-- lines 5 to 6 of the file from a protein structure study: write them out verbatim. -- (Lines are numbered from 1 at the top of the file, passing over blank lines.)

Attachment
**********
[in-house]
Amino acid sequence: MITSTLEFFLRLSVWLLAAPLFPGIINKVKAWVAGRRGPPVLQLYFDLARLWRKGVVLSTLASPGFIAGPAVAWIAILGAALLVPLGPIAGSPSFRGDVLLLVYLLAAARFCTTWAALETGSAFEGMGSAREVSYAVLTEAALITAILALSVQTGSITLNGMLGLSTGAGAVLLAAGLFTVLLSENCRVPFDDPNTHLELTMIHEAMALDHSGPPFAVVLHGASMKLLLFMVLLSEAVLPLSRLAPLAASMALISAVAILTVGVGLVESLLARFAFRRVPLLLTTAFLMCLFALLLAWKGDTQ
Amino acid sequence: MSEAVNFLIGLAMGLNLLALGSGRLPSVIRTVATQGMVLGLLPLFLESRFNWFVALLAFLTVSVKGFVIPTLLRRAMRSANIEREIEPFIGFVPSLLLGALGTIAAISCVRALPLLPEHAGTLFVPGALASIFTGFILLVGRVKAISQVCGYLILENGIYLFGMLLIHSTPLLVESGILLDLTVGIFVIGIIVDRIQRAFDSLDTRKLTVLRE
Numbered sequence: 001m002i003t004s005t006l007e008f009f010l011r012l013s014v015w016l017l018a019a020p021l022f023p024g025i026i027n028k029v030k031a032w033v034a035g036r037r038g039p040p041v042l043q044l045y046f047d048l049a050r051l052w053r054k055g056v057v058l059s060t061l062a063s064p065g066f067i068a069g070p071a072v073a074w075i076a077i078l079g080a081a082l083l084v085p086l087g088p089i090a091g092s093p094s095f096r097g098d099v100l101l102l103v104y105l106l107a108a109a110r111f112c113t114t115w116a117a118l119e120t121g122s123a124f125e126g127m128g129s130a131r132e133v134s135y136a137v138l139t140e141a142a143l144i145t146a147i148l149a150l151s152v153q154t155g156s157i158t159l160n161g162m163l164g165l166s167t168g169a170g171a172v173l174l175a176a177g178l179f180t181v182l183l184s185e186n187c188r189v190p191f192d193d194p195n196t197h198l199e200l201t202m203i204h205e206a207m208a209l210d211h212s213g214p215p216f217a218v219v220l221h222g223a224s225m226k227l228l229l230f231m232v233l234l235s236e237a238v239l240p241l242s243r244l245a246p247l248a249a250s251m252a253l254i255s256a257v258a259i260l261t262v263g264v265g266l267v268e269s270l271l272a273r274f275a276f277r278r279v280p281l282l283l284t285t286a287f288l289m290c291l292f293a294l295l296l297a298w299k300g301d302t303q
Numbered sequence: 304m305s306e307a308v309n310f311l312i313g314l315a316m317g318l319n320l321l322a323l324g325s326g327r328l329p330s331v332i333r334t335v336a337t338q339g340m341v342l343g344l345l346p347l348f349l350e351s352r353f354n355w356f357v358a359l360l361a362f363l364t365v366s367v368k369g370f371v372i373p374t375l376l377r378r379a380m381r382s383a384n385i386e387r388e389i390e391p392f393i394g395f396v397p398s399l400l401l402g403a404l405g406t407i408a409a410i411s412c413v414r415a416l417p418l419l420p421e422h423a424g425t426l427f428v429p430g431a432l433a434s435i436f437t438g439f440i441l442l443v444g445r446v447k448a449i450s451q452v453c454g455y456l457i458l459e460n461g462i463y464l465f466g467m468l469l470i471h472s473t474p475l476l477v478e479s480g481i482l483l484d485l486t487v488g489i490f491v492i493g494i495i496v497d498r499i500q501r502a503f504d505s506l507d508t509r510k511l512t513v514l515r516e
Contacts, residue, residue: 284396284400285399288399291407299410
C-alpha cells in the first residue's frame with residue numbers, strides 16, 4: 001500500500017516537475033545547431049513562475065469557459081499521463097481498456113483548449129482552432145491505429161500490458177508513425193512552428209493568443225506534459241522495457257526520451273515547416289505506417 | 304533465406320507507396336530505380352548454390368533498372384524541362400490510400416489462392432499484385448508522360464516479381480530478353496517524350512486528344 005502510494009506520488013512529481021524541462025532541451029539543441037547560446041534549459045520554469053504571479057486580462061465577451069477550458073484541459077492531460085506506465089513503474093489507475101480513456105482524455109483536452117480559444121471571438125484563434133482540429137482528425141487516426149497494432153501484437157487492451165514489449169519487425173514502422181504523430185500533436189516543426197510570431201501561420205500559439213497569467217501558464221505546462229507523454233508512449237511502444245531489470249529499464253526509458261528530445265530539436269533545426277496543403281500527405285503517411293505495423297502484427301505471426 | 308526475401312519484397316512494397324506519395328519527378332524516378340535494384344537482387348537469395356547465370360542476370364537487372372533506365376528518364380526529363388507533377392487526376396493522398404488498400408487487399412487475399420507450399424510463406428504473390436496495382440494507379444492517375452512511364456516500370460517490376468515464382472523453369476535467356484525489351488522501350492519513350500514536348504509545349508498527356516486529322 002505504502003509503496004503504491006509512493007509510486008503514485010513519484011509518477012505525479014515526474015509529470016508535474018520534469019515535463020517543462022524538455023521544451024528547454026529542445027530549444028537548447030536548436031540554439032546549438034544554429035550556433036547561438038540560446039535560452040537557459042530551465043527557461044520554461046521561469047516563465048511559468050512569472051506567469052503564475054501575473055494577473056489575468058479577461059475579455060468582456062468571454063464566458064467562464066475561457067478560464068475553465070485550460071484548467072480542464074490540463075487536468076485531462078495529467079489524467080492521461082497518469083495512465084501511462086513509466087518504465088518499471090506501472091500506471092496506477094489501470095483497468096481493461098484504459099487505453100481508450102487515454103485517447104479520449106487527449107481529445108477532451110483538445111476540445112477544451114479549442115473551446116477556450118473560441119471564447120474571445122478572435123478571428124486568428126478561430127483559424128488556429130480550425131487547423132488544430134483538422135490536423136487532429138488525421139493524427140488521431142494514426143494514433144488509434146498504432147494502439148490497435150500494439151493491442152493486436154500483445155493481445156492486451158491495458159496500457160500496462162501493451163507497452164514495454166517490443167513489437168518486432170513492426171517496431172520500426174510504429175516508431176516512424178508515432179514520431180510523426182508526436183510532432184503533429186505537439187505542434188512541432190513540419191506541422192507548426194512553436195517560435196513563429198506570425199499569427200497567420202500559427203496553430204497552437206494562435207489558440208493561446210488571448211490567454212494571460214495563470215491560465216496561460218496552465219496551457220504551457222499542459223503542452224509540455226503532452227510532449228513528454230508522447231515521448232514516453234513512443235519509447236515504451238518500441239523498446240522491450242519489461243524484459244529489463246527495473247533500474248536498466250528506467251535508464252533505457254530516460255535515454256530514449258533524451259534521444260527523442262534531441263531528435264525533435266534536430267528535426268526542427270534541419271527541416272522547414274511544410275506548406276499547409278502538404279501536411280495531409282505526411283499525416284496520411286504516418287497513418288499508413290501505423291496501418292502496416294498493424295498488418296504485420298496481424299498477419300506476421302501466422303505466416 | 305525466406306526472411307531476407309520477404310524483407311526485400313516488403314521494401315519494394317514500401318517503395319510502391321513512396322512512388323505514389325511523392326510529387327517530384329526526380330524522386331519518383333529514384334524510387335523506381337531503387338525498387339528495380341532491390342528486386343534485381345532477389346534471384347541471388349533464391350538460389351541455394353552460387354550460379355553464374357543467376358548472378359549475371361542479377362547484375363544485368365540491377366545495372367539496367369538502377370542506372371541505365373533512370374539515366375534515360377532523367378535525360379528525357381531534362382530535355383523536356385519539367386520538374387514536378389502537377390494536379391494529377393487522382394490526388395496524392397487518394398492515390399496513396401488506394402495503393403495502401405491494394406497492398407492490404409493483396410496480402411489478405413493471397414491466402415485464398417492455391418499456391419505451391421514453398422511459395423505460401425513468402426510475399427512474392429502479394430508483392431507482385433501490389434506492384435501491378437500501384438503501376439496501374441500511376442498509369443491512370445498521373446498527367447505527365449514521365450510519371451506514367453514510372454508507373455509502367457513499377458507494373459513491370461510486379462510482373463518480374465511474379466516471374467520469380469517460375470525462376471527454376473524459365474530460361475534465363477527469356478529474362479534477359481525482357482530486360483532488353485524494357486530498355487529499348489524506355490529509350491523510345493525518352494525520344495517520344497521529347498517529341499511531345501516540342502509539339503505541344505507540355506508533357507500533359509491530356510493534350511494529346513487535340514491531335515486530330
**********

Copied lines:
Numbered sequence: 304m305s306e307a308v309n310f311l312i313g314l315a316m317g318l319n320l321l322a323l324g325s326g327r328l329p330s331v332i333r334t335v336a337t338q339g340m341v342l343g344l345l346p347l348f349l350e351s352r353f354n355w356f357v358a359l360l361a362f363l364t365v366s367v368k369g370f371v372i373p374t375l376l377r378r379a380m381r382s383a384n385i386e387r388e389i390e391p392f393i394g395f396v397p398s399l400l401l402g403a404l405g406t407i408a409a410i411s412c413v414r415a416l417p418l419l420p421e422h423a424g425t426l427f428v429p430g431a432l433a434s435i436f437t438g439f440i441l442l443v444g445r446v447k448a449i450s451q452v453c454g455y456l457i458l459e460n461g462i463y464l465f466g467m468l469l470i471h472s473t474p475l476l477v478e479s480g481i482l483l484d485l486t487v488g489i490f491v492i493g494i495i496v497d498r499i500q501r502a503f504d505s506l507d508t509r510k511l512t513v514l515r516e
Contacts, residue, residue: 284396284400285399288399291407299410